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Exp Brain Res. 1991;83(2):340-8.

Task difficulty: ignoring, attending to, and discriminating a visual stimulus yield progressively more activity in inferior temporal neurons.

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Laboratory of Neuropsychology, National Institute of Mental Health, Bethesda, MD 20892.


To study the influence of task difficulty on the stimulus-elicited responses of inferior temporal (IT) neurons, the stimulus-elicited responses of 64 neurons were recorded from IT cortex of three rhesus monkeys while they performed three behavioral tasks-an irrelevant-stimulus task, a stimulus detection task, and a stimulus discrimination task. The monkey could ignore the stimulus entirely in the irrelevant-stimulus task, was required only to detect stimulus dimming in the stimulus detection task, and was required to attend to specific properties of the stimulus in the discrimination task. The excitatory responses in the discrimination and stimulus detection tasks were larger than those in the irrelevant-stimulus task (61% and 33%, respectively, of the individual differences were significant), and excitatory responses in the discrimination task were larger than those in the detection task (49% of the individual differences reached significance). Twenty percent of the stimulus presentations elicited inhibitory responses that were followed by off-responses. The off-responses were modulated by the tasks in the same order as the excitatory on-responses. Assuming that the off-response strengths indicate the depth of the stimulus-induced inhibition, these results suggest that inhibitory responses were influenced across these tasks in a manner similar to the excitatory responses. When the neuronal responses were related to the difficulties of these tasks, both the response strength and errors were seen to be least during the irrelevant-stimulus task and greatest during the discrimination task. This relationship suggests that the visual responsiveness of IT neurons is related to the degree of attention the animal pays to the stimulus.(ABSTRACT TRUNCATED AT 250 WORDS).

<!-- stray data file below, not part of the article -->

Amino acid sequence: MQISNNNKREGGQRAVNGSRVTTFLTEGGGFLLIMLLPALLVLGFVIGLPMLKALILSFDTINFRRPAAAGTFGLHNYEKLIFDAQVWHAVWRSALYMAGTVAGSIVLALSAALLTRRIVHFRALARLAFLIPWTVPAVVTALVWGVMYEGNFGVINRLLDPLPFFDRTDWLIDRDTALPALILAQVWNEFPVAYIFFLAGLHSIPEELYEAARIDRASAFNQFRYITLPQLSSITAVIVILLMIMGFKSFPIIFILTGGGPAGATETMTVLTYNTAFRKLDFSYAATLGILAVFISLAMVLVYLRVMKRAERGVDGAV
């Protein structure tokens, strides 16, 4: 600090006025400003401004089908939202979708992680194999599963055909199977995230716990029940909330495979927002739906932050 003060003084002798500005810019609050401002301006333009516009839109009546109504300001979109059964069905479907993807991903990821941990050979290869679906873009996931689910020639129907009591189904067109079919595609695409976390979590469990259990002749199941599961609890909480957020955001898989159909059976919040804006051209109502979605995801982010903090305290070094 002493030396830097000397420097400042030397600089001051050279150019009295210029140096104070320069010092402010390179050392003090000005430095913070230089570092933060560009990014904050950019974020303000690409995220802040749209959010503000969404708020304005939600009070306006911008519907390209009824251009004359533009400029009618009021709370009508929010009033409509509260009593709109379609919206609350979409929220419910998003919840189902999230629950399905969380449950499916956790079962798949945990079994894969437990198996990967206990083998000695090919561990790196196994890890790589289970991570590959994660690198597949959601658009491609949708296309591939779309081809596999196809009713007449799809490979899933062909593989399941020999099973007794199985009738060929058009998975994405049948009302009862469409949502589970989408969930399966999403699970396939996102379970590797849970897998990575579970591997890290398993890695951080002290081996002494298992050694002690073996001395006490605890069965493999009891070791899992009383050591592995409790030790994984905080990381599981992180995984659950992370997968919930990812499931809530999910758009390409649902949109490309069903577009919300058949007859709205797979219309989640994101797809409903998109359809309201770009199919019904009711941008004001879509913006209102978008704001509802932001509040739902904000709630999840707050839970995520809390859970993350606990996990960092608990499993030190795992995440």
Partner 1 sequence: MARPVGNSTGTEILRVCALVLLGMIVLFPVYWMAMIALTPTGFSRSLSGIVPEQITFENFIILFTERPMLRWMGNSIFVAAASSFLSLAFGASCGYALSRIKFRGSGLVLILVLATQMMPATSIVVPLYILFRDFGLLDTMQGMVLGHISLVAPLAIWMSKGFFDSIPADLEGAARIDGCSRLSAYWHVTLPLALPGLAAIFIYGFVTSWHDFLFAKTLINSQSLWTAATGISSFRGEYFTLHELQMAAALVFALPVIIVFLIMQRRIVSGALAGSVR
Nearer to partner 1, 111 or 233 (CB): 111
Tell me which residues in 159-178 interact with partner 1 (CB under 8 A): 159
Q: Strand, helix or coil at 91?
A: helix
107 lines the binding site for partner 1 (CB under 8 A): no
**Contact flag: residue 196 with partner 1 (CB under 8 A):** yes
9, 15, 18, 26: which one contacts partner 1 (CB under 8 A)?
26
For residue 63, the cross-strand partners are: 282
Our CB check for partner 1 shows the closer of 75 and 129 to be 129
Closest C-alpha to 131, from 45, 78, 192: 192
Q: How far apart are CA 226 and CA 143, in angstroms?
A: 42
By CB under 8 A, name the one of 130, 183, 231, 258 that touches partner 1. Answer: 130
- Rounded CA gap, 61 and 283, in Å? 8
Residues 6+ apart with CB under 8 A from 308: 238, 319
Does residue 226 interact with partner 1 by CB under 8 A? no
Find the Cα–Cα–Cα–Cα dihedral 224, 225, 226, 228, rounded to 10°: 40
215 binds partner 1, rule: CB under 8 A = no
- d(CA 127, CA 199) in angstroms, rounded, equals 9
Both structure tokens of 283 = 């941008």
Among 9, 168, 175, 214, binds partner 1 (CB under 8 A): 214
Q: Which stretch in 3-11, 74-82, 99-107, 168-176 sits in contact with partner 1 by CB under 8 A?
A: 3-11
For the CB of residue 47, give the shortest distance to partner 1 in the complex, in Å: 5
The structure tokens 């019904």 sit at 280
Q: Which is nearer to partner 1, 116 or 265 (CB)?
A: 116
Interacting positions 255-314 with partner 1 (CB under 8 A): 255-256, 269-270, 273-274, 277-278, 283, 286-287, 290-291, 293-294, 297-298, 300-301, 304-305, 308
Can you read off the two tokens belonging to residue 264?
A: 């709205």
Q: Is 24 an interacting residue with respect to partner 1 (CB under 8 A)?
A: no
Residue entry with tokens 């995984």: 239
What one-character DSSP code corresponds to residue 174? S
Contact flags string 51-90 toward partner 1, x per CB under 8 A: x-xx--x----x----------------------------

[Indexed for MEDLINE]

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